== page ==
Show Less
You do not have access to this content

Advanced Introduction to Legal Research Methods

Ernst Hirsch Ballin

Written by Ernst Hirsch Ballin, this original Advanced Introduction uncovers the foundations of legal research methods, an area of legal scholarship distinctly lacking in standardisation. The author shows how such methods differ along critical, empirical, and fundamental lines, and how our understanding of these is crucial to overcoming crises and restoring trust in the law. Key topics include a consideration of law as a normative language and an examination of the common objects of legal research.
Show Summary Details
You do not have access to this content

Explorative research

Ernst Hirsch Ballin


, which is determined by time and space (Section 6.2). Within these confinements of change, we can identify the various actors, specifically judges, legislators and – in view of the opportunities that artificial intelligence may create for increasingly adapting the law to unpredictable circumstances – a professional group that we refer to as ‘legal intelligence specialists’ (Section 6.3). The constitutional context within which explorative research may bear fruit is, of course, of no less importance than constitutionalism in general. As this context itself will obviously also not remain unchanged, explorative research needs to extend to constitutional transformations (Section 6.4). Lastly we will address the feature of law that we encountered at the start of our explorations, i.e. the grammar of law, which in its formal structure has remained remarkably stable while nevertheless absorbing profound substantive changes.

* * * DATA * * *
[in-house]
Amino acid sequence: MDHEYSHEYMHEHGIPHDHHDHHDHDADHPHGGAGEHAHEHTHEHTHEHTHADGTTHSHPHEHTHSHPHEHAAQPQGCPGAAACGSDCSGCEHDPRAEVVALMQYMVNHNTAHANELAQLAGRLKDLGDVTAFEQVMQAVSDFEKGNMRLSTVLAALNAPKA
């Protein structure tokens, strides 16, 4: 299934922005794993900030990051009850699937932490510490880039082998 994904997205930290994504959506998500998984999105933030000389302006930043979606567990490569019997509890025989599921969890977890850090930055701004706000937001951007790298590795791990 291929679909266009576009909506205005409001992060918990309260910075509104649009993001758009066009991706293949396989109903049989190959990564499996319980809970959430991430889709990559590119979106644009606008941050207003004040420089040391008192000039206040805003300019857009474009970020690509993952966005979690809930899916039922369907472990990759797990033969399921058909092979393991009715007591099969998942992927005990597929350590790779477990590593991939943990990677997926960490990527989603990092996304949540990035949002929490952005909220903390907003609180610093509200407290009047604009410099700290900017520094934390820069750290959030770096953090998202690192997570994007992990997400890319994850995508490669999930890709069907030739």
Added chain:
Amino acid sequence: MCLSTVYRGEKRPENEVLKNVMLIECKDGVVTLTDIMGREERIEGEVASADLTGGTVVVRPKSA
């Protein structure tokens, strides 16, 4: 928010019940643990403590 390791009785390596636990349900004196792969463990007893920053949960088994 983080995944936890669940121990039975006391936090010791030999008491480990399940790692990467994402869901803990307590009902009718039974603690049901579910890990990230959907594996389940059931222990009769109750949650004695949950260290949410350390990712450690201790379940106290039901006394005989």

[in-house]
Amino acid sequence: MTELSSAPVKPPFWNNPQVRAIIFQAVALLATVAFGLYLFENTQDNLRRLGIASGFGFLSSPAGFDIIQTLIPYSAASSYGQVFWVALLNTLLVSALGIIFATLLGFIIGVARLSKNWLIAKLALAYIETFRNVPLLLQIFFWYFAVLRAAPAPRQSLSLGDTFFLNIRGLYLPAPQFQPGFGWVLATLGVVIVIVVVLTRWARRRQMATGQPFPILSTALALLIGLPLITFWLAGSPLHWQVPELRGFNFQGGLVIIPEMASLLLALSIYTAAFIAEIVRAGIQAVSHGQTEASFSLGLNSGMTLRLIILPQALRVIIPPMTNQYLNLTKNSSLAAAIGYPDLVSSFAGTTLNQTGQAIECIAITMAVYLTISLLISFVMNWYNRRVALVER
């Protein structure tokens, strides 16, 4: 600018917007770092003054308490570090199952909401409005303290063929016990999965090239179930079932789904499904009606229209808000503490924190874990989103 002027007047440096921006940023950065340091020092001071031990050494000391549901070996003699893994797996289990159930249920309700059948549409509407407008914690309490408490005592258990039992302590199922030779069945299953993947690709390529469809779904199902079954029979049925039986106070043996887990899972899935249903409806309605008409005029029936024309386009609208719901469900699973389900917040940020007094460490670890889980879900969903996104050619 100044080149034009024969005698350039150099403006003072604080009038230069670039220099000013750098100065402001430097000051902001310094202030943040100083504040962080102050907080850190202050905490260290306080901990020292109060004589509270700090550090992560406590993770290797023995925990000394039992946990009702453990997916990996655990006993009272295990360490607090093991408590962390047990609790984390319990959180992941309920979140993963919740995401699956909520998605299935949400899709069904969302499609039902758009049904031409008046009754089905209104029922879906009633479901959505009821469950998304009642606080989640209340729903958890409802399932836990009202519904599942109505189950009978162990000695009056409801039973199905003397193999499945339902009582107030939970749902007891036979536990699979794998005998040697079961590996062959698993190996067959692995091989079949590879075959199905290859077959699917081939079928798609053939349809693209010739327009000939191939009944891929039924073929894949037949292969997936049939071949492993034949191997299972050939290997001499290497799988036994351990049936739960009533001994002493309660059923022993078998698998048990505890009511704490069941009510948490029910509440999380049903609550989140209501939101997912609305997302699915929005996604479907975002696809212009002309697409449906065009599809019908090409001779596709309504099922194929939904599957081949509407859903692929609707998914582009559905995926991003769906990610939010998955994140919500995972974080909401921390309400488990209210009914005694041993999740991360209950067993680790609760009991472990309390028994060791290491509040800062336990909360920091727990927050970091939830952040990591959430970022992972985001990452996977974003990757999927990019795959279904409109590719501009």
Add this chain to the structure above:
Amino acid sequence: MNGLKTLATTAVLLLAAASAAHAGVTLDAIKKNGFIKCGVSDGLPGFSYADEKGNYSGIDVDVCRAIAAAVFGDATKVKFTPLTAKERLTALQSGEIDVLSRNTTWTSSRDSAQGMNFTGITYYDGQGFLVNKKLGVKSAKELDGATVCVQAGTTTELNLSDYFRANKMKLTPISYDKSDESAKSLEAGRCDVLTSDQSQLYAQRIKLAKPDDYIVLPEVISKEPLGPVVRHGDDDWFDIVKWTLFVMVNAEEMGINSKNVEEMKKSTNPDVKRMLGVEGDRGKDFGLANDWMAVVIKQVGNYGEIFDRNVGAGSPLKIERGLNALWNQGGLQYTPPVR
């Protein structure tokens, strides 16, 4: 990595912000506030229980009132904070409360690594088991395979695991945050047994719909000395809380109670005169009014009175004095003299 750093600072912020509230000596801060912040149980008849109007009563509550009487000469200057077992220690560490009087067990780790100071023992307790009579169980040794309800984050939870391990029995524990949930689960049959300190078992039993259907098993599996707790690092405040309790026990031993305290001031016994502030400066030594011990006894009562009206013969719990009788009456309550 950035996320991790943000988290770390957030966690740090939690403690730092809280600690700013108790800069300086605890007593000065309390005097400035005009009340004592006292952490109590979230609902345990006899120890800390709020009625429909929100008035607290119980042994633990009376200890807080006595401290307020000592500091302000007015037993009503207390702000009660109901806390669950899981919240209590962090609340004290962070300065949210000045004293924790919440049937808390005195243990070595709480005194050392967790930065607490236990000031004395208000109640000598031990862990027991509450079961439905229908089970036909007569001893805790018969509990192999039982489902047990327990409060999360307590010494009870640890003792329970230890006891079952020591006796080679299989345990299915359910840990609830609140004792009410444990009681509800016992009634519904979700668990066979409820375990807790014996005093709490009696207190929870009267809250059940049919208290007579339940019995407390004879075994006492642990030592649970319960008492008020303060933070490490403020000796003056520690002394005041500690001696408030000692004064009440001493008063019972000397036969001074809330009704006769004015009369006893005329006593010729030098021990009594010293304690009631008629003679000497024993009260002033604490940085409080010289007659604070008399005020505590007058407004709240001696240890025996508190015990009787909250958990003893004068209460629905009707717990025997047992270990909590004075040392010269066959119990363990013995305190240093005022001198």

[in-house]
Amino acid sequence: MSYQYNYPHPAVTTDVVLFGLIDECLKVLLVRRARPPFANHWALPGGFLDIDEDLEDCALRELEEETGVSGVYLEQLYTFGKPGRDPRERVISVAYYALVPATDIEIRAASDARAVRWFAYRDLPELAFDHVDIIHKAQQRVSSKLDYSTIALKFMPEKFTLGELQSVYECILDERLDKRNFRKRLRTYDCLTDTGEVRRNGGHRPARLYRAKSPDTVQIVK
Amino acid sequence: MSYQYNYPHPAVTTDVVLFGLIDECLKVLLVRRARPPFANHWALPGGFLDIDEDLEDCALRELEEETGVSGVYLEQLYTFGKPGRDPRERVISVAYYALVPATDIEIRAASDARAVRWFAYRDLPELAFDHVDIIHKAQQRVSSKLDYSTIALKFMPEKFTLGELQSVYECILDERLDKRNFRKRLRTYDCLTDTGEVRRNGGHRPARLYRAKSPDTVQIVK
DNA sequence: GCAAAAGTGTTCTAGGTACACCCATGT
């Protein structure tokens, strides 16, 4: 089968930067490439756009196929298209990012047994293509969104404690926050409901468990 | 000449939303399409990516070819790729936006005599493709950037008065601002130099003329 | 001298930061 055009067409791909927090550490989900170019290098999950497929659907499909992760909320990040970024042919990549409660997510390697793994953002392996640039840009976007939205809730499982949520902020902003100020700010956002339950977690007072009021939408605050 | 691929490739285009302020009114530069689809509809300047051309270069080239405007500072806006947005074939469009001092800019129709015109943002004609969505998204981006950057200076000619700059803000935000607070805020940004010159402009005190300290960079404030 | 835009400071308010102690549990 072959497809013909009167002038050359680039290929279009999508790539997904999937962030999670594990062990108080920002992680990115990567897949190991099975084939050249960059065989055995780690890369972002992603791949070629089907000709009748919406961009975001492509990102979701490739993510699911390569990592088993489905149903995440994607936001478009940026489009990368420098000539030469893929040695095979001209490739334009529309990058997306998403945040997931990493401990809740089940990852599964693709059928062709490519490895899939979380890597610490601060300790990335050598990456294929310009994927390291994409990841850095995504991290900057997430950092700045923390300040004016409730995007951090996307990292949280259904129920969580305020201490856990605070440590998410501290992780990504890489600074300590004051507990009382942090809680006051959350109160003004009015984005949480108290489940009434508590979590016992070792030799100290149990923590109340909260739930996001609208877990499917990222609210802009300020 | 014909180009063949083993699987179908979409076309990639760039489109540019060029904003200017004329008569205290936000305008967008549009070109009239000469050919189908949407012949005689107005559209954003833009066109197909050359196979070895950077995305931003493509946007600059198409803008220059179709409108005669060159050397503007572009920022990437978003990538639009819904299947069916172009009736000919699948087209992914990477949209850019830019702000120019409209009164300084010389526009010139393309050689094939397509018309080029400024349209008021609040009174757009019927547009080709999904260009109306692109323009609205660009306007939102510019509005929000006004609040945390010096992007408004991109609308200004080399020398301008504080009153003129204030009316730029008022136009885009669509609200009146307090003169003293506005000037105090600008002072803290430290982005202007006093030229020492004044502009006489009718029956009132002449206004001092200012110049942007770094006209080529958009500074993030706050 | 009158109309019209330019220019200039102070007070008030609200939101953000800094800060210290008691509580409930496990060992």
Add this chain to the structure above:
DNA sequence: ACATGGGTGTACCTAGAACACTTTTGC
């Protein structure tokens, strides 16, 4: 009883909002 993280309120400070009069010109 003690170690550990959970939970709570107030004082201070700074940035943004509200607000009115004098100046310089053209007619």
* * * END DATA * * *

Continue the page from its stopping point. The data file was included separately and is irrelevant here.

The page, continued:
The chapter concludes with an outlook on the legal creativity that may be triggered by explorative legal research (Section 6.5). Such research recognizes the antinomies within existing views on law, and tests the constraints of legal grammar. The ensuing explorations may result in genuine legal innovations that correct and prevent injustices.

Exploring the opportunities and needs for legal change is meaningless unless related to a field of jurisdiction and application. Time and space are both essential in this respect: time, because changes in the social, economic and cultural realities within a given community resonate in legal developments; space, because the creation of extended or restricted territorial confinements (in the form of the assemblage,...

You are not authenticated to view the full text of this chapter or article.

Elgaronline requires a subscription or purchase to access the full text of books or journals. Please login through your library system or with your personal username and password on the homepage.

Non-subscribers can freely search the site, view abstracts/ extracts and download selected front matter and introductory chapters for personal use.

Your library may not have purchased all subject areas. If you are authenticated and think you should have access to this title, please contact your librarian.

Further information

or login to access all content.